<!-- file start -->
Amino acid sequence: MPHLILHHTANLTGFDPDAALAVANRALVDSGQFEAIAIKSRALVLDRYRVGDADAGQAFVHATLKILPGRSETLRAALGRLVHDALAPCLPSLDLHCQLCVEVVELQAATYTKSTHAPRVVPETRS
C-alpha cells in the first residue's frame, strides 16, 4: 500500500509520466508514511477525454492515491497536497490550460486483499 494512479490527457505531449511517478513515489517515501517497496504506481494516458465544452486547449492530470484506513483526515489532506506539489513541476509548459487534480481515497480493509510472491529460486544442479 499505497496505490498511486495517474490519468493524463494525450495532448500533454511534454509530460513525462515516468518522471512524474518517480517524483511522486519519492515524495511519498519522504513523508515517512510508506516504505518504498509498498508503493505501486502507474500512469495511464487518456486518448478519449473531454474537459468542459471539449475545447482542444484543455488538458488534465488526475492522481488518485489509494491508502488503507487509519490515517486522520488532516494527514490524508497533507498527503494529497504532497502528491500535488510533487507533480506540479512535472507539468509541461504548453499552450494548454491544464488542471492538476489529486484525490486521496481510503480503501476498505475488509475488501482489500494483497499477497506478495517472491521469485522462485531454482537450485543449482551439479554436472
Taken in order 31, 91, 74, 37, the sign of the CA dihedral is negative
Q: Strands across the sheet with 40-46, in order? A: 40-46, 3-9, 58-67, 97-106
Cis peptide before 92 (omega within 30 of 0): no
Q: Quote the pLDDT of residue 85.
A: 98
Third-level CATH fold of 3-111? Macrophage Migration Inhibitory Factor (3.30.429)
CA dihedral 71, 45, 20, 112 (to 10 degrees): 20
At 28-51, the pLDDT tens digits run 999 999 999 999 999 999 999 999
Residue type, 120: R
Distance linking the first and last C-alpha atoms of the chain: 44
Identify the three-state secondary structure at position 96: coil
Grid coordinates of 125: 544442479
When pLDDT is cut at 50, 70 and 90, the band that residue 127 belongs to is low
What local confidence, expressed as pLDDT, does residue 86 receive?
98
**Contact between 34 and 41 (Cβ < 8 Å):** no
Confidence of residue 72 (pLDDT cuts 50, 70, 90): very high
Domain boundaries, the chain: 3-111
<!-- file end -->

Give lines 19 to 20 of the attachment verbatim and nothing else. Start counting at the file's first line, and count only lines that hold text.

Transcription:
Confidence of residue 72 (pLDDT cuts 50, 70, 90): very high
Domain boundaries, the chain: 3-111